Here is my Part 2 of Chris’s writing exercise. Scroll down on this post to Part 1 if you would like to read Part 1 first. Please let me know what you think. This was a fun one to write.
Jim walked away from the old lady, saying nothing. He had seen enough movies to know he should take her words to heart (where old ladies who knew your name and gave out random prophesies always right?), but had lived long enough to know she was most likely off her Plush Pink Riding Pig. Jim glanced back as he was walking away, wanting to give her one more chance, but she was back to staring into the fire and he gave up.
Jim made the walk to Stinky’s in record time, as would be expected of someone in zero degree weather wearing neither a jacket, nor a hat, nor gloves. Jim never wore these things when he went out as the disturbing tendency of staying at the bar far after he had gone home for the night, probably having a much more interesting time than their owner.
His hands tucked inside his shirt sleeves, Jim nudged open the door to the pub and walked straight to the bar, saying, “Five Lagers Stinky,” as he slid a quarter across the bar. Jim wasn’t entirely sure the man’s name was Stinky, but he was the only bartender Jim had ever seen at the place and had always answered as if it were.
“Might’ve been a good night to stay home Jim,” said Stinky, placing the frosty glasses in front of Jim as fast as he filled them. There was something in his voice that Jim found unsettling, though it didn’t keep him from quickly downing his beer.
“It wouldn’t be Friday without seeing your pretty smile, Stinky,” said Jim, tapping his hand on the bar with a THUNK, THUNK, THUNK. Nerve damage suffered as a child (he had the brilliant idea to test “what would happen” if he put his hand up to the wrist in a blender) had kept his hand in a permanent fist. It had won him several bets in college, and won him a few fights in his friskier days as well. There wasn’t a surface around that he couldn’t crack with a good left jab.
“Well, keep your head up, alright?” said Stinky, placing five more beers in front of Jim. “The next round’s on me, but take it easy on the bar, will ya?” Stinky walked away, summoned by another patron.
Jim downed the next five drinks nearly as fast as the others, glancing about the room as the alcohol began to take effect, noticing that although the place was reasonable packed for a dive bar, none of the other regulars seemed to be there. As he was about to order another round, Jim felt a cold breath on the back of his neck, as if someone just ate a popsicle and was standing inches behind him. If he were wearing cologne, the person would’ve had a nose full.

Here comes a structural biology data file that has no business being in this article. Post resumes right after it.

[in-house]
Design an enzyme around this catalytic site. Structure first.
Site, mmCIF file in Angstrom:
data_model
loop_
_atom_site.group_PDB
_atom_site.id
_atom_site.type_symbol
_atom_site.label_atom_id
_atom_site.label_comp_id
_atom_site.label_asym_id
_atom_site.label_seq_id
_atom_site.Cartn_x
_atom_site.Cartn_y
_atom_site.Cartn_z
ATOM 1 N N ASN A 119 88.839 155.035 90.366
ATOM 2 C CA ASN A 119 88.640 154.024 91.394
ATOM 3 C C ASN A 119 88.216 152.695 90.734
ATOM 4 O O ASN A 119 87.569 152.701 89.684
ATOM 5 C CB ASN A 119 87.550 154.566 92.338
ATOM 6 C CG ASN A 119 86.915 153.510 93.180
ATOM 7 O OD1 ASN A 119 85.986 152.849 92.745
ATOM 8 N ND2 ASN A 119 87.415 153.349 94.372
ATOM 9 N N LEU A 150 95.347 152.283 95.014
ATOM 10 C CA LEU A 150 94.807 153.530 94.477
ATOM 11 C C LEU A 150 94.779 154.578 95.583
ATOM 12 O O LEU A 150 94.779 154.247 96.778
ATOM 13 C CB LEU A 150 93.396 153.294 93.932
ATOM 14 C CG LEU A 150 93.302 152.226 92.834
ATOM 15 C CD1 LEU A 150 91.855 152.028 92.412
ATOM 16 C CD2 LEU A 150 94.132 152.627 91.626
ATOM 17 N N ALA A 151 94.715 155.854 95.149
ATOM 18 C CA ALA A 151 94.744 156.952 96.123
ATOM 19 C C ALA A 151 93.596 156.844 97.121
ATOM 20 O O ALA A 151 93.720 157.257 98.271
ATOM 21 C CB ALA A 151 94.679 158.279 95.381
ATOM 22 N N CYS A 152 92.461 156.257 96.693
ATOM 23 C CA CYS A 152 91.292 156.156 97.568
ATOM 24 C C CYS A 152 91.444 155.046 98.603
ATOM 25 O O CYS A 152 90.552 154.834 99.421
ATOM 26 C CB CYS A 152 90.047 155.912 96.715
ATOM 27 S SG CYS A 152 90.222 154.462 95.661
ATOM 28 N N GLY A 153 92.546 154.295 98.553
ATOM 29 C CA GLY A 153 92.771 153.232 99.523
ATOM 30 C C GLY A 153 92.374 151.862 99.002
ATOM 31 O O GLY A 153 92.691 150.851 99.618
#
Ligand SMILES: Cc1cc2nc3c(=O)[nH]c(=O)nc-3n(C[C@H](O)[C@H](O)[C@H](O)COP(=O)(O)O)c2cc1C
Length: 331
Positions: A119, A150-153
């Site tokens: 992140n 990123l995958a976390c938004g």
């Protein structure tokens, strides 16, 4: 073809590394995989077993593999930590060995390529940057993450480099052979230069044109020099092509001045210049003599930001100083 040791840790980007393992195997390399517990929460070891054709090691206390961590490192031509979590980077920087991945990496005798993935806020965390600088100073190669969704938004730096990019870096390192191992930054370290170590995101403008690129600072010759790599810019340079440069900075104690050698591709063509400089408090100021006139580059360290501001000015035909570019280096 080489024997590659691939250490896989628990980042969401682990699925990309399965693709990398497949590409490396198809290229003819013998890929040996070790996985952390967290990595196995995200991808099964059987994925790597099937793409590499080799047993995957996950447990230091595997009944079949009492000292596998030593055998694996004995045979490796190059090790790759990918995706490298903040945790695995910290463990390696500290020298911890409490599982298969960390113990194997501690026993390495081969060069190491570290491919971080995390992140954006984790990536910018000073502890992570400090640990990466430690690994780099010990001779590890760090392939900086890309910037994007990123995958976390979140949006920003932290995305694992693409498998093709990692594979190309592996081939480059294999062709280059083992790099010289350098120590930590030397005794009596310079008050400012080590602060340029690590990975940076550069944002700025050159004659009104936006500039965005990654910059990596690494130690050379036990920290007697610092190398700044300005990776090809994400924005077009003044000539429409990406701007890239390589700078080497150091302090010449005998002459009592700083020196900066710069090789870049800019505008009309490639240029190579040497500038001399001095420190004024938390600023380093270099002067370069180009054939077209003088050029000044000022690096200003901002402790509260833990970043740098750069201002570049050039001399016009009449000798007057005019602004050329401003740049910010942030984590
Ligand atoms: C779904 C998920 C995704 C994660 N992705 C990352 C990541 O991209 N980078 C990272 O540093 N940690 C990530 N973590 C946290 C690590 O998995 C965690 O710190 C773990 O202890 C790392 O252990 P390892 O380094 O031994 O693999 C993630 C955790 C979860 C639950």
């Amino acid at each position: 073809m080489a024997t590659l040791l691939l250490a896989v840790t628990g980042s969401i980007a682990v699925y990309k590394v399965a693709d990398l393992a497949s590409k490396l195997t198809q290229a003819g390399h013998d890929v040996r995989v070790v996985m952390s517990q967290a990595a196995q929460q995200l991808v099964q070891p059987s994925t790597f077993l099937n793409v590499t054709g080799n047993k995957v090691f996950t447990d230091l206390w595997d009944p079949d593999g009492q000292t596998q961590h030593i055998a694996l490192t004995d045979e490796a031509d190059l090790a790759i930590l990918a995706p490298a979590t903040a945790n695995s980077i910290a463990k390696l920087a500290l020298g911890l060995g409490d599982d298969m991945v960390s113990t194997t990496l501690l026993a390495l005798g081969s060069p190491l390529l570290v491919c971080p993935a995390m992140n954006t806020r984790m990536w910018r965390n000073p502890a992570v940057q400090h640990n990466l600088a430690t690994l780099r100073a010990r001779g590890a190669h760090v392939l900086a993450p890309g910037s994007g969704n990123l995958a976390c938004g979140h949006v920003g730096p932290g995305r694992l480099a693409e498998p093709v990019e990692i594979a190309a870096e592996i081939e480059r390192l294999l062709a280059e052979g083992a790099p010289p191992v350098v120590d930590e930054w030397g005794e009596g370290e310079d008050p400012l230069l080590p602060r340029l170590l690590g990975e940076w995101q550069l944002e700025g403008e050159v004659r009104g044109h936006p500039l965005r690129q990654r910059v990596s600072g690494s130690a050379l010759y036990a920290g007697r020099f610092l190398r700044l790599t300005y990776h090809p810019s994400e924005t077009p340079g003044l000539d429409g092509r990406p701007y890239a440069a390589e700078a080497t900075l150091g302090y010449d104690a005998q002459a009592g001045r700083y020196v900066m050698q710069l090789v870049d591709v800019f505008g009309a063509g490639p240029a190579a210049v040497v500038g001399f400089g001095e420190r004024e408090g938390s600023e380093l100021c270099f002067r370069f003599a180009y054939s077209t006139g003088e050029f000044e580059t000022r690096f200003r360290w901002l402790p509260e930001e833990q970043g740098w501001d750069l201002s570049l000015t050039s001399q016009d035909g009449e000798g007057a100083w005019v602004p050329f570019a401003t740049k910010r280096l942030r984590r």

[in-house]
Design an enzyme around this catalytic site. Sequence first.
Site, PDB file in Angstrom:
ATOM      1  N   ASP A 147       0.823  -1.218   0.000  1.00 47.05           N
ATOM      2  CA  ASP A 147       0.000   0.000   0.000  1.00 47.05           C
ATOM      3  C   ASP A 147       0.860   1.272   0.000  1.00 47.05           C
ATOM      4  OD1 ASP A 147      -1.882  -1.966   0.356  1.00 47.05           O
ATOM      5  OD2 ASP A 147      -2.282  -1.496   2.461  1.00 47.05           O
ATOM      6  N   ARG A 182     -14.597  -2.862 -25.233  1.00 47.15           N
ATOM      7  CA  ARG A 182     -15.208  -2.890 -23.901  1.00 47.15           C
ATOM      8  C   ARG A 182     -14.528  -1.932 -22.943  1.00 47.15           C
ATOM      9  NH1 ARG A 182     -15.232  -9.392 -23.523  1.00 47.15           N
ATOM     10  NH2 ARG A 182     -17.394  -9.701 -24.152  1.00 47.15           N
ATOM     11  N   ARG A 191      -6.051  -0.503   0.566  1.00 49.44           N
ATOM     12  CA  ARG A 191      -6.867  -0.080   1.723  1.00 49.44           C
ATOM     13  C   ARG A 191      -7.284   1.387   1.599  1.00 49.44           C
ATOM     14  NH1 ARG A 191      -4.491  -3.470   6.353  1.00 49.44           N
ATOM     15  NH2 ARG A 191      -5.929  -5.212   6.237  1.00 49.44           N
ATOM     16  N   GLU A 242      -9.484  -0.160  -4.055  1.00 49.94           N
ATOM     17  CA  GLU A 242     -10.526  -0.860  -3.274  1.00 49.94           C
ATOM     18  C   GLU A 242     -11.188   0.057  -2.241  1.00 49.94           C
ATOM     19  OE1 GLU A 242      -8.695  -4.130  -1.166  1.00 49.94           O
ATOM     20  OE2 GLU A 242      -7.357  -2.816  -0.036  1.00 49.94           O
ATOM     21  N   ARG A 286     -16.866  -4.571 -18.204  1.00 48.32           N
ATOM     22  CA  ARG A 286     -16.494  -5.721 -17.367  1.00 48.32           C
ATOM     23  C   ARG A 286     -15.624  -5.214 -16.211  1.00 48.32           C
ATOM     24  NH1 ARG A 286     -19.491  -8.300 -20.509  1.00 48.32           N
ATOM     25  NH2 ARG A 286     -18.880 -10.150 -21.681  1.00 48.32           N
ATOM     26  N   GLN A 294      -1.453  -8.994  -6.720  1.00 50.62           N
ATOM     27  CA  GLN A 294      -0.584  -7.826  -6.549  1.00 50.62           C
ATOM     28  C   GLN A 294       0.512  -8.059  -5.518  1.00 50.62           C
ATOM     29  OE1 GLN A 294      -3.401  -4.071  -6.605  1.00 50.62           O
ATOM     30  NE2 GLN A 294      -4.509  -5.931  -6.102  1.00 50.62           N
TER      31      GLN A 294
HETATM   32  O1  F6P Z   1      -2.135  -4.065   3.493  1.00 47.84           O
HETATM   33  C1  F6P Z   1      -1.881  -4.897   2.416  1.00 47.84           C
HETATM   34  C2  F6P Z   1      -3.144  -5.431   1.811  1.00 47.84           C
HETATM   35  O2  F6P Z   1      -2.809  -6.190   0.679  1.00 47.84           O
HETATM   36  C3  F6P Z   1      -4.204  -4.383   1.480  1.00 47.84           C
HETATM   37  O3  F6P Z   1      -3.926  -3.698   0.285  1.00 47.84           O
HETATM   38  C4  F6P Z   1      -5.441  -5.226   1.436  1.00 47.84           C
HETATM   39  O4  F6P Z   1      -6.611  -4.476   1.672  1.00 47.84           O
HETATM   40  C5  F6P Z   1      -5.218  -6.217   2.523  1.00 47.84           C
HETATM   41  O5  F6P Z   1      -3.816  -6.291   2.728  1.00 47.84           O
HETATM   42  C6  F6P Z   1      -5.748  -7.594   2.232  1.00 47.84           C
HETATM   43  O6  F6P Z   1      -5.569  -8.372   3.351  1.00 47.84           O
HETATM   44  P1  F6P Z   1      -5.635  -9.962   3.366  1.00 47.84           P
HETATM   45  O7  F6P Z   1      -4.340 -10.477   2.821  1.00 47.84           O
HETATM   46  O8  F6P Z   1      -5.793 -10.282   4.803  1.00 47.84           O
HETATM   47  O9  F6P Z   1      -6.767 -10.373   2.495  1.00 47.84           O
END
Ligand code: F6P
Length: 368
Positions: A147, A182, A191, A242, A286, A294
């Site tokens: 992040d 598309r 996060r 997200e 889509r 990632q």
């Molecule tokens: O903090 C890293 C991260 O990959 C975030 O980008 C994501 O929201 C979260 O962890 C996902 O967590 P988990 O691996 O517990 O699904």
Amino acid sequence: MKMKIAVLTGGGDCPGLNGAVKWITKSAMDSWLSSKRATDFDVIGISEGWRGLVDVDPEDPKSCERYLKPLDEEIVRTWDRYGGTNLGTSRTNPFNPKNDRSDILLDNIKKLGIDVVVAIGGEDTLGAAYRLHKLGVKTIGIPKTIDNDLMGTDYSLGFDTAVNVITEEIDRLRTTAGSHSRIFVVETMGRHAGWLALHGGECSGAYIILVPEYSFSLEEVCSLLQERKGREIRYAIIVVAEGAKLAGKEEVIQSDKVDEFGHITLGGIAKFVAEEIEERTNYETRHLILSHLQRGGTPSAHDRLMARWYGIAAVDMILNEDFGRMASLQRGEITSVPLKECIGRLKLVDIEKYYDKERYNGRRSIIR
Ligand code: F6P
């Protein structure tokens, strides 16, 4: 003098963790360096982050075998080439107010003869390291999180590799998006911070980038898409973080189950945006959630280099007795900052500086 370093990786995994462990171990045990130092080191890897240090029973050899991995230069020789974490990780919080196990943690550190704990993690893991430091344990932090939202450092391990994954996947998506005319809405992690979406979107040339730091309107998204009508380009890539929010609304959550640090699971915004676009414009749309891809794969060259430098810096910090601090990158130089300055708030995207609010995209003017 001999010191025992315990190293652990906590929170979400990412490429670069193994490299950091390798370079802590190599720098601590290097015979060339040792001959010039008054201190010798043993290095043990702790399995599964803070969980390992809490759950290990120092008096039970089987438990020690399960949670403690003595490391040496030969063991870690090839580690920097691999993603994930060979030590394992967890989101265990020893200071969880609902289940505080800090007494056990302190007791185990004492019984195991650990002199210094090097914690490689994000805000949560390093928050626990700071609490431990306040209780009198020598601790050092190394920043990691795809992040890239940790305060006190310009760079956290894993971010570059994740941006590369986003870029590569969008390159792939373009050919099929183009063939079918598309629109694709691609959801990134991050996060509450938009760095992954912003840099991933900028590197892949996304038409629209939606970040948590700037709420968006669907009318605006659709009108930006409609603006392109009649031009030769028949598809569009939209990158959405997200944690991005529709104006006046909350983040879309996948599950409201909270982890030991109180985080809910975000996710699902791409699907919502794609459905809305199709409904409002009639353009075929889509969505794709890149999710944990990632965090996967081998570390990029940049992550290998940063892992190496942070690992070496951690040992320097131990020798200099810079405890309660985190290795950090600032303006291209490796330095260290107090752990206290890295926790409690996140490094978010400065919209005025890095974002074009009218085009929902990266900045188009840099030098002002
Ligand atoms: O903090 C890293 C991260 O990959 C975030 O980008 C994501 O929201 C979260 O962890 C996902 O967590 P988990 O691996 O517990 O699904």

“Excuse me,” said Jim as he turned around on his bar stool. He said this in the kindest voice possible, in the unlikely chance the cold breath belonged to a woman. Standing inches from him, seemingly sniffing his neck, was a man his in mid-thirties with pale white skin, jet-black hair, and piercing blue eyes. Jim cocked back his left hand, restraining himself from knocking the stranger out. Jim had seen what his fist could do, and did not want to go there unless it was absolutely necessary.
“It’s a big bar,” said Jim, gently pushing the man away. “Why don’t you go get lost in it?”
The man smiled, displaying a mouthful of long pointed teeth. Jim glanced quickly behind the bar, looking for Stinky, hoping his friend had seen all of this and was ready with the shotgun he kept hidden behind the bar. Stinky was nowhere to be found.
As he turned back around, the man lunged at Jim. Jim closed his eyes and swung his left hand as hard as he could, wishing he hadn’t drank those ten beers.
Jim was having a crummy day. It was only the Tenth, but his bank account was already empty, his gas tank was empty, and his refrigerator was empty. Lucky for him, the couch cushions weren’t quite empty. Equally lucky for him, it was Friday night and also Nickel Draught Night at Stinky’s, the local pub.
Leaving his apartment, Jim checked to make sure the lights were on (he never left without making sure the lights were on), locked the door, and walked down the dank, poorly lit staircase onto the cold, lonely streets of the city. He started on the block and a half journey to the bar, the change in his pocket playing the poor man’s chorus as he walked. He wasn’t sure what he would do when those spare coins were gone, he had only one couch after all, but he would think of something. He always did.
Jim passed a dark alley, not a block from his building, and noticed an old woman warming her hands at a small trash fire. Lacking a date for the night, Jim doubled back to the woman, hoping to offer the woman a few of his nickels and take her with him. At least that way she would be out of the cold for a few hours and be able to forget her problems for a spell.
“Hi there,” said Jim as he approached. “Care to join me for a nip?”
The woman looked up from the fire and smiled. She had the most beautiful blue eyes he had ever seen and not a tooth in her mouth. “I am unable to move from this spot, I’m afraid. I’m only here to observe.”
“Really?” said Jim. “I’m headed to Stinky’s, just down the street there. It’s not that far. Why don’t you get out of the cold for awhile? It’s supposed to get below zero tonight.”
The old woman cocked her head to the side and then leaned in close to Jim. She smelled nothing at all like someone who lived on the streets. “Keep your neck about you tonight Jim,” she said. “Things are gonna get ugly.”